Scheer steps down and who will be Britain's next PM?; In The News for Dec. 13

In The News is a roundup of stories from The Canadian Press designed to kickstart your day. Here is what's on the radar of our editors for the morning of Dec. 13.

What we are watching in Canada ...

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Mid-way through last week, Conservative Leader Andrew Scheer came home from a day on Parliament Hill and got to talking with one of sons.

He realized, he would tell Conservative MPs and senators at meeting Thursday morning, he had no idea what was going in his child's life.

Ever since he failed to secure a majority on election night he had known the party might not allow him to stay on as leader.

But the conversation with his teenage son Thomas made him realize the time had come to make a choice about whether he wanted to stay, he told his MPs, according to people who were in the room but, under caucus rules, not authorized to speak publicly about what happened.

The conclusion he would reach, and announce publicly on Thursday, was no.

After rejecting calls for his resignation from within his party for weeks, Scheer said he will step down as soon as his party chooses a successor. His caucus agreed in an emergency meeting at the end of the day.

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Also this ...

Lawyers for German auto giant Volkswagen are set to propose a plea deal in an Ontario court today on allegations that the company broke numerous environmental laws.

The Canadian government announced Monday it was charging the behemoth with 58 infractions of the Canadian Environmental Protection Act. It is also charged with two counts of providing misleading information.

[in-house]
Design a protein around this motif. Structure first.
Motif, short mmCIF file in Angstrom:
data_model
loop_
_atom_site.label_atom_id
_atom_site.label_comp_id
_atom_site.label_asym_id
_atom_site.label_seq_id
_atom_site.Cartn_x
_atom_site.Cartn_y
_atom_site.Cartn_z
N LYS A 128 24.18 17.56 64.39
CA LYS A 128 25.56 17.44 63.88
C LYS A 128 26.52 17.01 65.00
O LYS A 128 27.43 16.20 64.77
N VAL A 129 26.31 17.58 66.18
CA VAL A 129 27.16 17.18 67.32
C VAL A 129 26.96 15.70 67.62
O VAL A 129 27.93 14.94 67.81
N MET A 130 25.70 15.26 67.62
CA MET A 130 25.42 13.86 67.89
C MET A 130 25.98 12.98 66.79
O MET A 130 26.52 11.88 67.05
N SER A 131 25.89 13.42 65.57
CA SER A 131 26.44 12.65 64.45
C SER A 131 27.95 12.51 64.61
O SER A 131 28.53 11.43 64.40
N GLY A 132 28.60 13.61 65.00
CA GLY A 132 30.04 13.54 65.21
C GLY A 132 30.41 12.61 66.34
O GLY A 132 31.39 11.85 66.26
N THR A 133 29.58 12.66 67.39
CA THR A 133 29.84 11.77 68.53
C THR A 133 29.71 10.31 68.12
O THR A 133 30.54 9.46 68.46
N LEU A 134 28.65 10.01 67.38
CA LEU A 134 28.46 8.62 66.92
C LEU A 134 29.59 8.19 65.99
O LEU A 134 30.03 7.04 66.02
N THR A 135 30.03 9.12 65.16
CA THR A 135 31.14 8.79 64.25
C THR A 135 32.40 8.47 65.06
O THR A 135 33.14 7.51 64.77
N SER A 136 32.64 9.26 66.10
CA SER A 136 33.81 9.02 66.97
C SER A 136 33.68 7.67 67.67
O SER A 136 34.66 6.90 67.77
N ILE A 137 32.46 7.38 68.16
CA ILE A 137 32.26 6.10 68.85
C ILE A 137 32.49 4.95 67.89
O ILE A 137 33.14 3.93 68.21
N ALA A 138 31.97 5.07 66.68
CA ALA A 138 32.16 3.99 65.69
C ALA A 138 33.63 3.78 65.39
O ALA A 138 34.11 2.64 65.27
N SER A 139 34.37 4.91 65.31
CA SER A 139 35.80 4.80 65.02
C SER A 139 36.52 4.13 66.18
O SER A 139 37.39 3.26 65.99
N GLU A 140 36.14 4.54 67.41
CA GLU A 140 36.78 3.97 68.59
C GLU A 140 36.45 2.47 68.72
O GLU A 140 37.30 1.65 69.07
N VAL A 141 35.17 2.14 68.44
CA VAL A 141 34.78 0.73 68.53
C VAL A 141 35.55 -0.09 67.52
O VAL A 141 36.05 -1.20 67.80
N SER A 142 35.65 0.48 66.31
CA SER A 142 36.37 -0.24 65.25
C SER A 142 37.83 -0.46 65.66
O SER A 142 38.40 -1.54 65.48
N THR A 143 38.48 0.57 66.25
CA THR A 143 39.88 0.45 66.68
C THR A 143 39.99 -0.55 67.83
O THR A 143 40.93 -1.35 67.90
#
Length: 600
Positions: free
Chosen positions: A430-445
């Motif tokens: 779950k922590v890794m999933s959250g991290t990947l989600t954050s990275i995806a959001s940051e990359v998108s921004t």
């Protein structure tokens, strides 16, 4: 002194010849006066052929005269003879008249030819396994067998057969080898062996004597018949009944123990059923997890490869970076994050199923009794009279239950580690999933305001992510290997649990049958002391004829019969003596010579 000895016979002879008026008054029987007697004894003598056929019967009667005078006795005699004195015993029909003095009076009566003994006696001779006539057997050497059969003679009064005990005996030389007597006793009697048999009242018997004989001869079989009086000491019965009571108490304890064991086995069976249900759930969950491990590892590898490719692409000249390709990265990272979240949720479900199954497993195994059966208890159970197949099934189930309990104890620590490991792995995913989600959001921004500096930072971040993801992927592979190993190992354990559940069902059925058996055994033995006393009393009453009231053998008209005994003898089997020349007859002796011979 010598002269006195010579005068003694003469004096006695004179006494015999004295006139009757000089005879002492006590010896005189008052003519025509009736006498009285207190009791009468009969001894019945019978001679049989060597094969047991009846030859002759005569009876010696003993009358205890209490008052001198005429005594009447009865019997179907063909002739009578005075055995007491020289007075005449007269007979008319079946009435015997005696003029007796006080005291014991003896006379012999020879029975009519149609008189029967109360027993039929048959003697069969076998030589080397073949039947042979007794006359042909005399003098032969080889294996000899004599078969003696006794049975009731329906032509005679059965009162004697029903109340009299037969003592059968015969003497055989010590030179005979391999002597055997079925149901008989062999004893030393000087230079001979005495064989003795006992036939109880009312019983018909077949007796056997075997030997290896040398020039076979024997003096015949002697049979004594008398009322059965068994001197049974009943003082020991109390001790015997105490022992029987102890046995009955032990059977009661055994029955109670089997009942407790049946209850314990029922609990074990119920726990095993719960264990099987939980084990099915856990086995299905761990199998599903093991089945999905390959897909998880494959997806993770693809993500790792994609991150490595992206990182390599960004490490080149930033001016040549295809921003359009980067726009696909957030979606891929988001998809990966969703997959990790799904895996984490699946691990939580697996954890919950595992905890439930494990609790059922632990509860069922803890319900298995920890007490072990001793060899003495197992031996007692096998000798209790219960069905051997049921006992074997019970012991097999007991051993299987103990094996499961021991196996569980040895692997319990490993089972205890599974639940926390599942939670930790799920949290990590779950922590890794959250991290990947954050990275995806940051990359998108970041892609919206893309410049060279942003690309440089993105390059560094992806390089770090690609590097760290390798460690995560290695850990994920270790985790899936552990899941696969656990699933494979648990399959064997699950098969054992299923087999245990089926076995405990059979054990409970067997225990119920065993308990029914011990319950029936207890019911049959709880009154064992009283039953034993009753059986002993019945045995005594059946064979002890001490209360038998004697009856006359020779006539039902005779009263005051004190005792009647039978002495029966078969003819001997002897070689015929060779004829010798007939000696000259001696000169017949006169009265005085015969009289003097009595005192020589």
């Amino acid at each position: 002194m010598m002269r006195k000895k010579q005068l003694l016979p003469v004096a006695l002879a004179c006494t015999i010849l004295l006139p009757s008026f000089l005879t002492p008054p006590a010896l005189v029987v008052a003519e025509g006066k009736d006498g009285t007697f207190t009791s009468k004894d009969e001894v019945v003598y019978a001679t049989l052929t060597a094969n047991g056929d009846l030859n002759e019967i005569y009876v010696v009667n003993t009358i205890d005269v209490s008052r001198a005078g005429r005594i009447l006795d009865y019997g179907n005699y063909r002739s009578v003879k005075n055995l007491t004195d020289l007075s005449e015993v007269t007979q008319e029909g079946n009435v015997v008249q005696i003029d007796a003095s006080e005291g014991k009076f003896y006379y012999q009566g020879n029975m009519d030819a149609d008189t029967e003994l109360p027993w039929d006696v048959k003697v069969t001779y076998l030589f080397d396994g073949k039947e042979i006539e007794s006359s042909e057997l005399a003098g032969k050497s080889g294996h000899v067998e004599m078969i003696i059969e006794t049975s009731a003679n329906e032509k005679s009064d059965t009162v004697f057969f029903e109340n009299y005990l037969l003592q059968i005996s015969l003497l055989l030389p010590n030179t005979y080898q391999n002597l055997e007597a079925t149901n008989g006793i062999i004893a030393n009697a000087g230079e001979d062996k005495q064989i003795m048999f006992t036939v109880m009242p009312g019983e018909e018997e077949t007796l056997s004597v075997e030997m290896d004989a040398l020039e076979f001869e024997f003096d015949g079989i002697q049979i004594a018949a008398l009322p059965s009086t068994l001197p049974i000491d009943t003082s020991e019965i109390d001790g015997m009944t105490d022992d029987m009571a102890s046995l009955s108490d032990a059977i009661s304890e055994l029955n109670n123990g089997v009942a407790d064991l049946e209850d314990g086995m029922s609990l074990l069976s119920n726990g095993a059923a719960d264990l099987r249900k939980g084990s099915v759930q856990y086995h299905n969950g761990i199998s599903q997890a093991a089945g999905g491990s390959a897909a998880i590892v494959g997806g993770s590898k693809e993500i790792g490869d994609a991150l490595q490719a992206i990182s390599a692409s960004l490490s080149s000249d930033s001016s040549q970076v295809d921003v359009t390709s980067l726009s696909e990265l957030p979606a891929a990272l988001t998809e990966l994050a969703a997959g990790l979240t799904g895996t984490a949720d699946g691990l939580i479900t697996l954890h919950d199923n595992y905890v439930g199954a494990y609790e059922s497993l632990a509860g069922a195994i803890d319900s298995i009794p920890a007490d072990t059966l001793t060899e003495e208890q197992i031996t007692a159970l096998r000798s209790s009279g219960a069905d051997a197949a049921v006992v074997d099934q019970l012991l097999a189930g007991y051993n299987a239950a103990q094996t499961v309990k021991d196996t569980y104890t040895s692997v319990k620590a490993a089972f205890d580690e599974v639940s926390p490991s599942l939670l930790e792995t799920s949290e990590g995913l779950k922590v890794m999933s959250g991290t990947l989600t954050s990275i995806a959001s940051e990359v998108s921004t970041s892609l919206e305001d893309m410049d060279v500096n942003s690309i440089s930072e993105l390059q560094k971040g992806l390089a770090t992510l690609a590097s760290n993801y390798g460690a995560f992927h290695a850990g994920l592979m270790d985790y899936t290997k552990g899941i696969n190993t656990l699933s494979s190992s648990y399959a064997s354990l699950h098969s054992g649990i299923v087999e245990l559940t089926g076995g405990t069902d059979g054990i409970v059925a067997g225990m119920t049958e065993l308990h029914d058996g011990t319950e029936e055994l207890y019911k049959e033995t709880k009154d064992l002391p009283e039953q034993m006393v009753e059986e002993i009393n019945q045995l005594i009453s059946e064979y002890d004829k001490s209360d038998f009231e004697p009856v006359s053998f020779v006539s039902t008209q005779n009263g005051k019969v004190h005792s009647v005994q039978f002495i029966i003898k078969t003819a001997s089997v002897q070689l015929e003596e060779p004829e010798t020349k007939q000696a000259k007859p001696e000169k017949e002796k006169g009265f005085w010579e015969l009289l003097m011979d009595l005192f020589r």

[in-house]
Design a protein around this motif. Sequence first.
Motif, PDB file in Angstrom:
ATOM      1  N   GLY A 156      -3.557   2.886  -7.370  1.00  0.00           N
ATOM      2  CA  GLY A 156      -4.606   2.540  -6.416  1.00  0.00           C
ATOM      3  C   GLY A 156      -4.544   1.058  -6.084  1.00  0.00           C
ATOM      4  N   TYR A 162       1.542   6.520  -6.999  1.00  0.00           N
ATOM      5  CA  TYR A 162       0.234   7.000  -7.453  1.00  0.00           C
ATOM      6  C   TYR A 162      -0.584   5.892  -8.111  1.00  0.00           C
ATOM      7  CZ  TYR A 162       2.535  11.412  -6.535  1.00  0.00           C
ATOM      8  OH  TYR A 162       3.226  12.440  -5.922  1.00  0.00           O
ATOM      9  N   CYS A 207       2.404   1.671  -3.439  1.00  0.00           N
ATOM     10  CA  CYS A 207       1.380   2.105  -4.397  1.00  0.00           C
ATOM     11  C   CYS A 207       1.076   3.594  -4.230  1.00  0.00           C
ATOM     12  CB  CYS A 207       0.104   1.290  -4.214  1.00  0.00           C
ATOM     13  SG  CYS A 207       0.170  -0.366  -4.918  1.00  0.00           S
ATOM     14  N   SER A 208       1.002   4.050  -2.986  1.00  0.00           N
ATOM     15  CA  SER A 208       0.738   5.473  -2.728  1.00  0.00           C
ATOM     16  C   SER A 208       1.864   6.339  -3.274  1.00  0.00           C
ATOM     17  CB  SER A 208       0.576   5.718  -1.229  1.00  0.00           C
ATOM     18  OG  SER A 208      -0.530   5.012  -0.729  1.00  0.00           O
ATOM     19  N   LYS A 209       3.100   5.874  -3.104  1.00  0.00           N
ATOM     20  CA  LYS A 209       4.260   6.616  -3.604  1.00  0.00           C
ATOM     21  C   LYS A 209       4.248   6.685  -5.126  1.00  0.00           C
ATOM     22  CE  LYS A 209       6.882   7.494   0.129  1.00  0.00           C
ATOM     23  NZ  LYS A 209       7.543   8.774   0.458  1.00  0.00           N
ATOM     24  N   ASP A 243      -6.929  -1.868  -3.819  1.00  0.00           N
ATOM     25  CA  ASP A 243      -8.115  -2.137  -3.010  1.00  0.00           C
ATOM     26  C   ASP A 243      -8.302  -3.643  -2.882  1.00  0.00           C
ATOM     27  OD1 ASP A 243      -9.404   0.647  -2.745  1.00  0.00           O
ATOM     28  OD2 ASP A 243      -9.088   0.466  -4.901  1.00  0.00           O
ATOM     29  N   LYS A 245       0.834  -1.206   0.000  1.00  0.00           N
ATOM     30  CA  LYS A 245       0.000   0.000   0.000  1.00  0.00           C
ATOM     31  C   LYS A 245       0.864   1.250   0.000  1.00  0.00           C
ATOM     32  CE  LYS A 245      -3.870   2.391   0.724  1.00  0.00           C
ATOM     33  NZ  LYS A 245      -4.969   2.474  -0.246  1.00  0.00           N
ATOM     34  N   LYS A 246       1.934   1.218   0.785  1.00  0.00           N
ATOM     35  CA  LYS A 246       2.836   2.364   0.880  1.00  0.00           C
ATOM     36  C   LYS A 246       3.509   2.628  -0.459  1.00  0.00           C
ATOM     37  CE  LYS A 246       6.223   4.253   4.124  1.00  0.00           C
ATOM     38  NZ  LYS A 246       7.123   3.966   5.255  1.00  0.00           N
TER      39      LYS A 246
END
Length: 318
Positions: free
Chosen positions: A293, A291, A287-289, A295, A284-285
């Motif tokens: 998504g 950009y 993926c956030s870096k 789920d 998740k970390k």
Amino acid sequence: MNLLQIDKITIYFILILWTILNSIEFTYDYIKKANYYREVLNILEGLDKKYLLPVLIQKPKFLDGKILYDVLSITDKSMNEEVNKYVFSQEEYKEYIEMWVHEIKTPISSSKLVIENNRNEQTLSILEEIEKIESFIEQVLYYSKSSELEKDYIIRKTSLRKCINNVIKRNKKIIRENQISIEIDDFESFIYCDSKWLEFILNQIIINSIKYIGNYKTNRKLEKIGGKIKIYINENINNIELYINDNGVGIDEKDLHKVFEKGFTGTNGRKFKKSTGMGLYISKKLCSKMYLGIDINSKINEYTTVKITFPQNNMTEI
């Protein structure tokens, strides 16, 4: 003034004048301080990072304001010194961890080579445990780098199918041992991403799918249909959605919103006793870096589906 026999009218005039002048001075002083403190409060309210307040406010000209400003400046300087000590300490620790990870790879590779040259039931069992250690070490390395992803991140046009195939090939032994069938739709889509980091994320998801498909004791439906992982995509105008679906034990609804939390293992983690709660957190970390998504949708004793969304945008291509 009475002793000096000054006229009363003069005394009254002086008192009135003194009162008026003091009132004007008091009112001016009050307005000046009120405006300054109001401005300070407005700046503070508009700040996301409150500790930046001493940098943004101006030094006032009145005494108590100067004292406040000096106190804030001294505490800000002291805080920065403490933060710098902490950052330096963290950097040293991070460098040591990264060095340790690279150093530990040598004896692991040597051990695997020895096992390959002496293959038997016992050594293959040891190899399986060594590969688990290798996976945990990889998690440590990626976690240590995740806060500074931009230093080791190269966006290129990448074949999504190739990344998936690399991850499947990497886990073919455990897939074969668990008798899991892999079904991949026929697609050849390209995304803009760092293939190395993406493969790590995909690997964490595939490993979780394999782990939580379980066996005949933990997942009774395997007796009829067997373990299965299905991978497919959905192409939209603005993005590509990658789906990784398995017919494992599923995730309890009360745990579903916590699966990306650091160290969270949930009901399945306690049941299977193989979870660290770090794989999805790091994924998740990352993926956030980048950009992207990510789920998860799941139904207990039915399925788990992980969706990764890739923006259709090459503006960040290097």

The government says Volkswagen imported 128,000 cars into Canada between 2008 and 2015 that violated emissions standards.

Environment Canada's investigation, launched in September 2015, was repeatedly criticized by environmental experts and lawyers for taking too long.

The company pleaded guilty in U.S. court in 2017 for violating American laws and was fined $4.3 billion. In 2018, German prosecutors fined the company one-billion euros for the emissions-cheating case.

Several company executives and managers involved in the deception were charged in the U.S. and Germany, and some have already been sent to prison.

In total, the elaborate scheme has cost the company more than US$30 billion in fines and civic lawsuits, as well as compensation to customers who returned the affected cars for refunds or exchanges.

The affected cars in Canada included 3.0-litre and 2.0-litre diesel engine vehicles sold under Volkswagen, Audi and Porsche brands.

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ICYMI (in case you missed it) ...

The Public Health Agency of Canada is advising exotic pet owners to practise good hygiene amid a salmonella outbreak in six provinces that's been linked to contact with snakes and rodents.

A notice issued this week counts 92 cases of the bacterial infection reported between April 2017 and October 2019.

The agency says exposure to snakes and rodents is the likely cause of the outbreak, with an investigation finding many of the affected individuals had contact with a snake, pet rat or rodent used as reptile food.

Reptiles and rodents can carry salmonella bacteria even if they seem clean and healthy, and people can fall ill from contact with the animals or places they have recently roamed, the agency says.

"There have been past outbreaks of salmonella illnesses linked to snakes and rodents," the notice said. "The findings from these investigations have highlighted the important role snake and rodent owners can play in preventing new illnesses linked to these types of pets."